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Steinberg drops out of race for HD64 seat

The other Republican candidate in the race for Tampa’s House District 64 has dropped out, essentially saying she doesn’t respect a process that won’t respect her.

The state Division of Elections’ website on Tuesday showed that Tampa engineer Miriam Steinberg “did not qualify” to run when the qualifying period ended at noon.

That leaves former incumbent GOP state Rep. Jamie Grant and write-in candidate Daniel Matthews to battle over the seat that represents northwest Hillsborough and eastern Pinellas.

But since Matthews isn’t actively campaigning and no write-in has ever won a legislative seat in the state, Grant is virtually assured a return to office.

On Monday, Steinberg had said she may not continue to run because of an ongoing dispute over her filing fee.

Because this is considered a new election, Steinberg had to pay another $1,781. She said she asked the state to reapply the fee she already paid; it declined.

“To date, I still have not been afforded a valid election, although I have paid my qualification fees and filed my proper paperwork,” Steinberg said Tuesday in a letter to the Tribune/Scripps Capital Bureau.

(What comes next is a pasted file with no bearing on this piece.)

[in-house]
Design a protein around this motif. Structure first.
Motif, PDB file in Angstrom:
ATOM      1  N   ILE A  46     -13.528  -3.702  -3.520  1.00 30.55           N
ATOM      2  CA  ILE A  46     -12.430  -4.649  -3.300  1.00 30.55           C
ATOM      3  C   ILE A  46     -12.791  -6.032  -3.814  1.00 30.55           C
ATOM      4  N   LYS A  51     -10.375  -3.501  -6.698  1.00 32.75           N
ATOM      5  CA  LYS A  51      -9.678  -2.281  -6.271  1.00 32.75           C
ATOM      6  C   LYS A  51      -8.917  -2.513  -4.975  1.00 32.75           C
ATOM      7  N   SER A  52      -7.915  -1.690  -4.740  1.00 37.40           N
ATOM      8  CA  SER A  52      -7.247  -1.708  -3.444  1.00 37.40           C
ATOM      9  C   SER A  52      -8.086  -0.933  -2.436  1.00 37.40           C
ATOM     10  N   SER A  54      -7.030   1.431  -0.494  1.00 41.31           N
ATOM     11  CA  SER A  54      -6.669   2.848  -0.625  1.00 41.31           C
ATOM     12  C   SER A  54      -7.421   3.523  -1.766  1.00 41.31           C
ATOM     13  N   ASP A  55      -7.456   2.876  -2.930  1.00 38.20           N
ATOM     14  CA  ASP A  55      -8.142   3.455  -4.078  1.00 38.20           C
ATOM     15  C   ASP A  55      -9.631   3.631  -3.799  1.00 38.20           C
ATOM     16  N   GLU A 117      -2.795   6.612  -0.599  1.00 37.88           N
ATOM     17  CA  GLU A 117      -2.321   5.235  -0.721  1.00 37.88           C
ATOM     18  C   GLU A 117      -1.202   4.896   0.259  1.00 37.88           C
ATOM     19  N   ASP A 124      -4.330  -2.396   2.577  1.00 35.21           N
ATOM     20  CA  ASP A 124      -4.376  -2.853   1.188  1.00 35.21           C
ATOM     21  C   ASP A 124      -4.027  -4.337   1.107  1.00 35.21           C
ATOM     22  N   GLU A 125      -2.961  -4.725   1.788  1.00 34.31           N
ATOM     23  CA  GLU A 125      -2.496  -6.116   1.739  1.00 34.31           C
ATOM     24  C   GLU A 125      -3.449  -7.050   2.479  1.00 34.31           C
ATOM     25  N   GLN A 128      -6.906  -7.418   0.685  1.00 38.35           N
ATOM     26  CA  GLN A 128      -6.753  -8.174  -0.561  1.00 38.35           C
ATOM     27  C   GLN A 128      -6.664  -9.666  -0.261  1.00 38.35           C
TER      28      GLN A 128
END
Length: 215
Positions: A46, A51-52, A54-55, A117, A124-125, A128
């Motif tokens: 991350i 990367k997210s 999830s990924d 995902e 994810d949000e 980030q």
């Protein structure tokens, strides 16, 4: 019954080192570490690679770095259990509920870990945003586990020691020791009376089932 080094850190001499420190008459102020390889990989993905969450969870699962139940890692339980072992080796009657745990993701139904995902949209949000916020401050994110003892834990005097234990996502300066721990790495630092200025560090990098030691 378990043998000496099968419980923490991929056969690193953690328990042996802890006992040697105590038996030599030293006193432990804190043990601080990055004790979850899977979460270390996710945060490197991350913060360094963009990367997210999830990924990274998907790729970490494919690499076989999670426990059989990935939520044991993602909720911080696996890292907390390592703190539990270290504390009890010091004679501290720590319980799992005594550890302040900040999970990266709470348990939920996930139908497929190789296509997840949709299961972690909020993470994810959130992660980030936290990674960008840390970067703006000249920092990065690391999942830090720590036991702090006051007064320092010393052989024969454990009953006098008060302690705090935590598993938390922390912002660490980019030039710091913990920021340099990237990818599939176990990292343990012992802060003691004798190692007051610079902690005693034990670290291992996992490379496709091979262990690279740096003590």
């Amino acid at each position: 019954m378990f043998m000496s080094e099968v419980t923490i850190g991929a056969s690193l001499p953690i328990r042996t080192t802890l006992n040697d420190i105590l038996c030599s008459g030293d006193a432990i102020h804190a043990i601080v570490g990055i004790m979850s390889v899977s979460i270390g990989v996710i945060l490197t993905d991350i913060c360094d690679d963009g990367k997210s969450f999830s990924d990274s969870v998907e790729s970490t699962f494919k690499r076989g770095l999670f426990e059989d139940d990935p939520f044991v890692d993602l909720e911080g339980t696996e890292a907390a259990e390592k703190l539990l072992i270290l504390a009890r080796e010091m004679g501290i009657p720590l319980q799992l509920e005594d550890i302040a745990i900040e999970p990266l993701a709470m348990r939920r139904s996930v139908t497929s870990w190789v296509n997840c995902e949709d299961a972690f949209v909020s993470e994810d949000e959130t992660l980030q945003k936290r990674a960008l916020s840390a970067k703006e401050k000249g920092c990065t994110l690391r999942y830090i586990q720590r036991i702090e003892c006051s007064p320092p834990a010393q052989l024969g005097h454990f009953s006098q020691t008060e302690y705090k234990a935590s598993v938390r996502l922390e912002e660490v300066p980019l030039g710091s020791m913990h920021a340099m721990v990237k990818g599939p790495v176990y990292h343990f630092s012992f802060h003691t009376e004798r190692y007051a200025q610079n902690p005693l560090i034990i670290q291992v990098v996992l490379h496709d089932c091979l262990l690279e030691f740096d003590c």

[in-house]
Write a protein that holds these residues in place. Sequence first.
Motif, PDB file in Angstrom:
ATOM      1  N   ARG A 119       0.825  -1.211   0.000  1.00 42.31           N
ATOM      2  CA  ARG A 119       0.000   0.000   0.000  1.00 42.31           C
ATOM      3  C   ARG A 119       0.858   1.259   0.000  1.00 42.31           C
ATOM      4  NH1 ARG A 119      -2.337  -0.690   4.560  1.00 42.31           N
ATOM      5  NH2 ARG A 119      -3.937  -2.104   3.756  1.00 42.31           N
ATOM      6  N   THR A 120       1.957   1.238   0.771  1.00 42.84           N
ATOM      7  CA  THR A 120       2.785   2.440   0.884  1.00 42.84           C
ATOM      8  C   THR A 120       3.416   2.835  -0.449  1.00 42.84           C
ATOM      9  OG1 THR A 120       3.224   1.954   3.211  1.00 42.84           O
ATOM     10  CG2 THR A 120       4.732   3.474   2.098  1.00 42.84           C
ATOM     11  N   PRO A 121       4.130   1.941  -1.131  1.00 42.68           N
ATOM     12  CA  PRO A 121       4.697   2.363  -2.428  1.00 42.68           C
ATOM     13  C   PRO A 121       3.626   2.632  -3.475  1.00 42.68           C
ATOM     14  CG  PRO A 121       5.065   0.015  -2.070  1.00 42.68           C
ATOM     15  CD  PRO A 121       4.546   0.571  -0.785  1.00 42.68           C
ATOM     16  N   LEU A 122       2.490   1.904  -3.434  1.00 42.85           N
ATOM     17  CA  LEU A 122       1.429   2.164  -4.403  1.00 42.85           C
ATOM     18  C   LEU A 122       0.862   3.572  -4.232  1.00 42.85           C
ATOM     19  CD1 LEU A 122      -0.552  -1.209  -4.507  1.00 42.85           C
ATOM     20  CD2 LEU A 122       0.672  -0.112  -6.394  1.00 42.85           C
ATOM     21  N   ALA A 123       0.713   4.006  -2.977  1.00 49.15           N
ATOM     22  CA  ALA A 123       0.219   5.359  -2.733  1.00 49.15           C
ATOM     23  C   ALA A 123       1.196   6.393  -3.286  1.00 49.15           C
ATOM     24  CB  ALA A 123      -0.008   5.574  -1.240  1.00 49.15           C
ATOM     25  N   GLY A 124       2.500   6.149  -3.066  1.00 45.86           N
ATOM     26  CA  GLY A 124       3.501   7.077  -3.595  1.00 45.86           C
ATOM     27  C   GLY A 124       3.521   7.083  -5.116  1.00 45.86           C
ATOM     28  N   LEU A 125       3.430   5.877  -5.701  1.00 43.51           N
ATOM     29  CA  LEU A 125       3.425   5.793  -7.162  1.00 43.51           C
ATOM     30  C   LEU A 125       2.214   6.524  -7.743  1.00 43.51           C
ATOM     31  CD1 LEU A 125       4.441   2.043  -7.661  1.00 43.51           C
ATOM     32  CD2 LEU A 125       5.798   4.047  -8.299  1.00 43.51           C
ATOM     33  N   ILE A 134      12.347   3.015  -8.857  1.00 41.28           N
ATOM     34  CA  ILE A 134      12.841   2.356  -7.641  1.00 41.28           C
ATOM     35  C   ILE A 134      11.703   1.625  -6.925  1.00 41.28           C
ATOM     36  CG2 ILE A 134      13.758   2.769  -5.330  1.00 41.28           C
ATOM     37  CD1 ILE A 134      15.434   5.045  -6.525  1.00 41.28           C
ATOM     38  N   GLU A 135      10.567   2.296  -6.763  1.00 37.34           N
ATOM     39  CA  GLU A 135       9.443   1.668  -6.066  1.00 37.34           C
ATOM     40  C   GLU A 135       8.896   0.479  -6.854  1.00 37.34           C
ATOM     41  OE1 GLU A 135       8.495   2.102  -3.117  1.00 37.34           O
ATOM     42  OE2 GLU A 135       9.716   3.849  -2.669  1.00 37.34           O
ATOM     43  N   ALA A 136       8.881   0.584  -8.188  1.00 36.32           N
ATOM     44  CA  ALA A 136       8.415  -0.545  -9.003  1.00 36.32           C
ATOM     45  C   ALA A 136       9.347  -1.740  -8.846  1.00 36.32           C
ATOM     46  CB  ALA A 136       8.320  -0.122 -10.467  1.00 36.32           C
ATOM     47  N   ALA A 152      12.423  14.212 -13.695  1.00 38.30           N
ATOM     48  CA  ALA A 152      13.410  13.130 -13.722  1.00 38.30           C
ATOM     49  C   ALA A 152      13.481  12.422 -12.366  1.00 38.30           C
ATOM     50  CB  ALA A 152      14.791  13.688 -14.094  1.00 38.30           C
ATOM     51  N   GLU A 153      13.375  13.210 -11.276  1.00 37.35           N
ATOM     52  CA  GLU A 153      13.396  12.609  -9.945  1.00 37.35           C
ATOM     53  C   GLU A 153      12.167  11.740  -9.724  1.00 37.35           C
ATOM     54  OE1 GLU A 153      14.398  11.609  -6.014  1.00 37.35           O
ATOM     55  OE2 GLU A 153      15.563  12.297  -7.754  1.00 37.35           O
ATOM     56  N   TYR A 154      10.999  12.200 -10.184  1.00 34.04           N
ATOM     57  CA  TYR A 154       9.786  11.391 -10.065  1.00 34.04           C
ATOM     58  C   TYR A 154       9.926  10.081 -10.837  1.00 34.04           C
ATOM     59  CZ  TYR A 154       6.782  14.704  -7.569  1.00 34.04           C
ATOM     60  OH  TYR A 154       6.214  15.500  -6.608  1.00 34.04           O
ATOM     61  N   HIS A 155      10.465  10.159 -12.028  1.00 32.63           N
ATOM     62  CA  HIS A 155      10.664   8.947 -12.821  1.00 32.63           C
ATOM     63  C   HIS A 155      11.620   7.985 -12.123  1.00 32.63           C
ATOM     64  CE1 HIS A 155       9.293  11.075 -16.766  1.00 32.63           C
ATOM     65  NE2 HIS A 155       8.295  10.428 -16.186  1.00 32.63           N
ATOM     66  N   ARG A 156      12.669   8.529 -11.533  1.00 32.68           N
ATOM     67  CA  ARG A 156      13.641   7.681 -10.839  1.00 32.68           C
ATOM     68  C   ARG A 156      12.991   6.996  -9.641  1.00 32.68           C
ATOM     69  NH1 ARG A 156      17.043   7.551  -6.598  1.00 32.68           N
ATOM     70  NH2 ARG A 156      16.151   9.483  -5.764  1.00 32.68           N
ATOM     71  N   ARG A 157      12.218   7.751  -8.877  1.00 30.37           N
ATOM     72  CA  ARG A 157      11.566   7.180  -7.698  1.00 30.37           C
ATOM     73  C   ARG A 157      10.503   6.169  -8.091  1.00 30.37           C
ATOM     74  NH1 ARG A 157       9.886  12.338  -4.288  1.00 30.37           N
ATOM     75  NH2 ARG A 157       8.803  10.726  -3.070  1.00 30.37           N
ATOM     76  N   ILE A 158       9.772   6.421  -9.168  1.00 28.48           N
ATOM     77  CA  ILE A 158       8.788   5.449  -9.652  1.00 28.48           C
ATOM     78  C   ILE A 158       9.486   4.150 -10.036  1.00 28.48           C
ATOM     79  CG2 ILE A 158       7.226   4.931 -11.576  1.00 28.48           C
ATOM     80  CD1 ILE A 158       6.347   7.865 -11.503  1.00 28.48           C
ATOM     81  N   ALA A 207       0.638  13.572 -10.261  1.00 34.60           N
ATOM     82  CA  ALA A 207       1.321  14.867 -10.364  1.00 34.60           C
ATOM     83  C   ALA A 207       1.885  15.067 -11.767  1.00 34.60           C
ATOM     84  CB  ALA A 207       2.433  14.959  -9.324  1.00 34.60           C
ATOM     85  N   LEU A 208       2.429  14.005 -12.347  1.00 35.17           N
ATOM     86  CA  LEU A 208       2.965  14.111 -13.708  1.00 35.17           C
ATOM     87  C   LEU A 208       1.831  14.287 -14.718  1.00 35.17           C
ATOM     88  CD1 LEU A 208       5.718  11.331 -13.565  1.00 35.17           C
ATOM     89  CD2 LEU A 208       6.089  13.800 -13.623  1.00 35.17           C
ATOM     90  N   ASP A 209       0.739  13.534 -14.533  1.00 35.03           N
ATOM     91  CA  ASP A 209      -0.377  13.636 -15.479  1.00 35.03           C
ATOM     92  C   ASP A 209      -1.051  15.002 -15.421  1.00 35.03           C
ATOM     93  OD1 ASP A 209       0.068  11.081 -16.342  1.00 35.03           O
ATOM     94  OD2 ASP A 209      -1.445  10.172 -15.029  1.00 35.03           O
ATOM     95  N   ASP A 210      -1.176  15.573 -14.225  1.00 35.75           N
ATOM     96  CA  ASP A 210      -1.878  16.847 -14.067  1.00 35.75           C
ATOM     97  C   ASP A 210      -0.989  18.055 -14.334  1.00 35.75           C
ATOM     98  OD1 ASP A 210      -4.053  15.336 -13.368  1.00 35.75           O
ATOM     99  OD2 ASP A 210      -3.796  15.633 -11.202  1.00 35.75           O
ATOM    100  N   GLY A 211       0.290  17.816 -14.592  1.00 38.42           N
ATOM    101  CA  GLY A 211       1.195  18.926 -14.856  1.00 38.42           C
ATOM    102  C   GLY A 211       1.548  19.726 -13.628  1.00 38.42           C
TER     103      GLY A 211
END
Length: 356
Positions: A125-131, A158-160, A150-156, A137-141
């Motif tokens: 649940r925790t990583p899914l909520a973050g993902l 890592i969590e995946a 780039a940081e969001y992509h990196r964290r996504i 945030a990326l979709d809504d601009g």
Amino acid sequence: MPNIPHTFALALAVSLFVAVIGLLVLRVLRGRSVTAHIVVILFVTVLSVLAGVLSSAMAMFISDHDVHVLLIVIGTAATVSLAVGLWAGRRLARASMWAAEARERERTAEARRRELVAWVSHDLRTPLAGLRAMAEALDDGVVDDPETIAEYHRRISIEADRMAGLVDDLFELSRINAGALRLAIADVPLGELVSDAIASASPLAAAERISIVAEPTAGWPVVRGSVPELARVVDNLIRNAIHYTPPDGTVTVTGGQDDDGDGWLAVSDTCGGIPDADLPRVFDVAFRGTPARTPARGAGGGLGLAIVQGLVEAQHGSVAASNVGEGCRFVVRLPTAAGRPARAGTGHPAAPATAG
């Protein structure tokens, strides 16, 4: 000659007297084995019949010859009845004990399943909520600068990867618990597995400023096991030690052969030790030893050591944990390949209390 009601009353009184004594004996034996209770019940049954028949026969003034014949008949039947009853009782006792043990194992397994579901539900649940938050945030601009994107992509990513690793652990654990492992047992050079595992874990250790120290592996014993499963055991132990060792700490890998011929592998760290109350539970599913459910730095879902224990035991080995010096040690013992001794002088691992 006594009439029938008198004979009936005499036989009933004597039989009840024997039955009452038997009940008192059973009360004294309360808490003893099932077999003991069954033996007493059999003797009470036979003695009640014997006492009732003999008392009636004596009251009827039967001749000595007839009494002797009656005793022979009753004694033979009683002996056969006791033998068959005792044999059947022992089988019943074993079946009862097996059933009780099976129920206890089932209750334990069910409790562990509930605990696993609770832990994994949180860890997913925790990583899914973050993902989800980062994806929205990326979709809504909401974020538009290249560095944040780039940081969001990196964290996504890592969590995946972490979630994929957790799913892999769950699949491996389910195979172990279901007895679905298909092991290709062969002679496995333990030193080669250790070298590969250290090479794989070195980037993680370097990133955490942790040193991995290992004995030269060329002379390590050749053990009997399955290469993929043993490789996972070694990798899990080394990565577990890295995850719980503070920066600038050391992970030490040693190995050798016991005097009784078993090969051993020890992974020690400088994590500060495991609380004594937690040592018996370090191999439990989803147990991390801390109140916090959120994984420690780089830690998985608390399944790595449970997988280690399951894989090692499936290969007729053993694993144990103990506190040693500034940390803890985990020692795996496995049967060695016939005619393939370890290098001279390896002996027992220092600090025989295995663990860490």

Because of still-unresolved litigation filed by Steinberg’s husband over Matthews’ presence in the race, the House of Representatives threw out the November election results and vacated the office.

In those nonbinding results, she lost to Grant by a 19-point margin. He had held the seat since 2010.

Gov. Rick Scott had ordered a special primary for GOP-registered voters on Feb. 10 and a special general election for April 21.

With Steinberg’s departure, Grant and Matthews will face off in the April election, Hillsborough Supervisor of Elections spokeswoman Gerri Kramer said.

In her letter, Steinberg said she believes the House and Scott “exceeded their authority.”

She said she hopes lawmakers put a proposed constitutional amendment on the 2016 ballot “to exclude write-in candidates from closing an otherwise open primary, if the only candidates whose names appear on the ballot, are from the same party.”


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